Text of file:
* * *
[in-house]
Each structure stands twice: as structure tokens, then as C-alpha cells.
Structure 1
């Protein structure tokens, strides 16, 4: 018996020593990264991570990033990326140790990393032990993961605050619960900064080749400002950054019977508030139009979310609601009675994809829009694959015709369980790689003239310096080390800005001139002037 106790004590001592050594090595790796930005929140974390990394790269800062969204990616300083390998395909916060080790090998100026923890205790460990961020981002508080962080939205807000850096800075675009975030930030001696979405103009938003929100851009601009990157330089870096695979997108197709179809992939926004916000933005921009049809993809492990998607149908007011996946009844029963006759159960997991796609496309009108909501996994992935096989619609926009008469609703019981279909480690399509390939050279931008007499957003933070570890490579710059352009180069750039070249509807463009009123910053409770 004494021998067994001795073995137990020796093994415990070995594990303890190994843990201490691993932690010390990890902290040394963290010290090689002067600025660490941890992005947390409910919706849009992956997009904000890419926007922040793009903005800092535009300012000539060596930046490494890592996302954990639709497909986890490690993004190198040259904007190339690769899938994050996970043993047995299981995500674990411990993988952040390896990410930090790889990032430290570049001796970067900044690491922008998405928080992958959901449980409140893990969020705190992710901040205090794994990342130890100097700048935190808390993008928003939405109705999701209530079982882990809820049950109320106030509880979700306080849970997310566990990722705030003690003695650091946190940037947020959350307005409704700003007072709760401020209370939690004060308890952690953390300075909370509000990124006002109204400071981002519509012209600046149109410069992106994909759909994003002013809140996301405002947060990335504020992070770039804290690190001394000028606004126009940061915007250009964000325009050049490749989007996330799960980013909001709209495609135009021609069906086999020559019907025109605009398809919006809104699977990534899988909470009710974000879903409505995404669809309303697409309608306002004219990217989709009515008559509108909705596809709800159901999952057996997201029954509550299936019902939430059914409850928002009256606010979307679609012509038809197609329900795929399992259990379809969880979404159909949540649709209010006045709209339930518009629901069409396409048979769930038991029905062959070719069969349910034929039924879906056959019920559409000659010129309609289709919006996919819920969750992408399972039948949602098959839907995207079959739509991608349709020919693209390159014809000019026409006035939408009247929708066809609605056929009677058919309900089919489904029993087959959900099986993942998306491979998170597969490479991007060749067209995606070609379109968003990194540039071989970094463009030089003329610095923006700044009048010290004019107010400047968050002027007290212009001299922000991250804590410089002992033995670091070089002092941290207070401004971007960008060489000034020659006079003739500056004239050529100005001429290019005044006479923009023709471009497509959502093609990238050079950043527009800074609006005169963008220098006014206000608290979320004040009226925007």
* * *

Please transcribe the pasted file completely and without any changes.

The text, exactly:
[in-house]
Each structure stands twice: as structure tokens, then as C-alpha cells.
Structure 1
């Protein structure tokens, strides 16, 4: 018996020593990264991570990033990326140790990393032990993961605050619960900064080749400002950054019977508030139009979310609601009675994809829009694959015709369980790689003239310096080390800005001139002037 106790004590001592050594090595790796930005929140974390990394790269800062969204990616300083390998395909916060080790090998100026923890205790460990961020981002508080962080939205807000850096800075675009975030930030001696979405103009938003929100851009601009990157330089870096695979997108197709179809992939926004916000933005921009049809993809492990998607149908007011996946009844029963006759159960997991796609496309009108909501996994992935096989619609926009008469609703019981279909480690399509390939050279931008007499957003933070570890490579710059352009180069750039070249509807463009009123910053409770 004494021998067994001795073995137990020796093994415990070995594990303890190994843990201490691993932690010390990890902290040394963290010290090689002067600025660490941890992005947390409910919706849009992956997009904000890419926007922040793009903005800092535009300012000539060596930046490494890592996302954990639709497909986890490690993004190198040259904007190339690769899938994050996970043993047995299981995500674990411990993988952040390896990410930090790889990032430290570049001796970067900044690491922008998405928080992958959901449980409140893990969020705190992710901040205090794994990342130890100097700048935190808390993008928003939405109705999701209530079982882990809820049950109320106030509880979700306080849970997310566990990722705030003690003695650091946190940037947020959350307005409704700003007072709760401020209370939690004060308890952690953390300075909370509000990124006002109204400071981002519509012209600046149109410069992106994909759909994003002013809140996301405002947060990335504020992070770039804290690190001394000028606004126009940061915007250009964000325009050049490749989007996330799960980013909001709209495609135009021609069906086999020559019907025109605009398809919006809104699977990534899988909470009710974000879903409505995404669809309303697409309608306002004219990217989709009515008559509108909705596809709800159901999952057996997201029954509550299936019902939430059914409850928002009256606010979307679609012509038809197609329900795929399992259990379809969880979404159909949540649709209010006045709209339930518009629901069409396409048979769930038991029905062959070719069969349910034929039924879906056959019920559409000659010129309609289709919006996919819920969750992408399972039948949602098959839907995207079959739509991608349709020919693209390159014809000019026409006035939408009247929708066809609605056929009677058919309900089919489904029993087959959900099986993942998306491979998170597969490479991007060749067209995606070609379109968003990194540039071989970094463009030089003329610095923006700044009048010290004019107010400047968050002027007290212009001299922000991250804590410089002992033995670091070089002092941290207070401004971007960008060489000034020659006079003739500056004239050529100005001429290019005044006479923009023709471009497509959502093609990238050079950043527009800074609006005169963008220098006014206000608290979320004040009226925007």